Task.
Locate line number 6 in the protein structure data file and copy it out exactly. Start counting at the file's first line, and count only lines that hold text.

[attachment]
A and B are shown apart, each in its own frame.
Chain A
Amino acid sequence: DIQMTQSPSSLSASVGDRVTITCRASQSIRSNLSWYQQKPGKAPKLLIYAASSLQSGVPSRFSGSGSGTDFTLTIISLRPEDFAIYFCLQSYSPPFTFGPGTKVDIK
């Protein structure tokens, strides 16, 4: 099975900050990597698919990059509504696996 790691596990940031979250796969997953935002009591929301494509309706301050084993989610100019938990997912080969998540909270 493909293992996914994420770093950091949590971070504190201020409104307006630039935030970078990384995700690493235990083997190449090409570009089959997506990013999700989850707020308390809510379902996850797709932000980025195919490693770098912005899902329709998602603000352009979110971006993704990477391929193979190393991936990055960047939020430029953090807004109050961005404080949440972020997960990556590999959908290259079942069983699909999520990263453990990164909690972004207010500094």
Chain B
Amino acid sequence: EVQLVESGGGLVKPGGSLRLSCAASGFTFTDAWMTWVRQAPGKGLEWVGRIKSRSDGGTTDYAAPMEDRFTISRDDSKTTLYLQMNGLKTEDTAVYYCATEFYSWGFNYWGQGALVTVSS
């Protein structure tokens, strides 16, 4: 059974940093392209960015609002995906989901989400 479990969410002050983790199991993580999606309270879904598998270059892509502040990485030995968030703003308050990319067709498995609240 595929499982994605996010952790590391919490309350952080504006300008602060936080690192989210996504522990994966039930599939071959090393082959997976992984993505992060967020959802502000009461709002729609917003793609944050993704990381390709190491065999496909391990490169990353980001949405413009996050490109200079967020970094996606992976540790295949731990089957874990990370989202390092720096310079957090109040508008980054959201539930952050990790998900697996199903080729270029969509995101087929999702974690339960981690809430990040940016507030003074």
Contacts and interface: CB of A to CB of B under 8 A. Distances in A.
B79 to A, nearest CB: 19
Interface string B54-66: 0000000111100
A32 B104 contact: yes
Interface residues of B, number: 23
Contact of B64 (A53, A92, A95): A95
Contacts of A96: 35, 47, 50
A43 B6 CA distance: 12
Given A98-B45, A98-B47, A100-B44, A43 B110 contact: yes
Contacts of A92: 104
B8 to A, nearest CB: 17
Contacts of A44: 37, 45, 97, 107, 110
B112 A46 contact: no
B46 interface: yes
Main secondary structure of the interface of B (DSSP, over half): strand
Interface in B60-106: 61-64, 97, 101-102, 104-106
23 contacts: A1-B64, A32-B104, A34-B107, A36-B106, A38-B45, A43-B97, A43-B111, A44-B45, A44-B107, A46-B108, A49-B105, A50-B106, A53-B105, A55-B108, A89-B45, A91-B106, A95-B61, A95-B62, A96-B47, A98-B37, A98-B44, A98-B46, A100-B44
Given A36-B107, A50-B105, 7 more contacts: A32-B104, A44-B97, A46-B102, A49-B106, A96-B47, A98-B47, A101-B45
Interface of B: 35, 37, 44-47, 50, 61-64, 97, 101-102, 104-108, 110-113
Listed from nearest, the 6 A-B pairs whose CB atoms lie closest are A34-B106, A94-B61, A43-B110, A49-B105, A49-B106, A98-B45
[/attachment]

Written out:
Amino acid sequence: EVQLVESGGGLVKPGGSLRLSCAASGFTFTDAWMTWVRQAPGKGLEWVGRIKSRSDGGTTDYAAPMEDRFTISRDDSKTTLYLQMNGLKTEDTAVYYCATEFYSWGFNYWGQGALVTVSS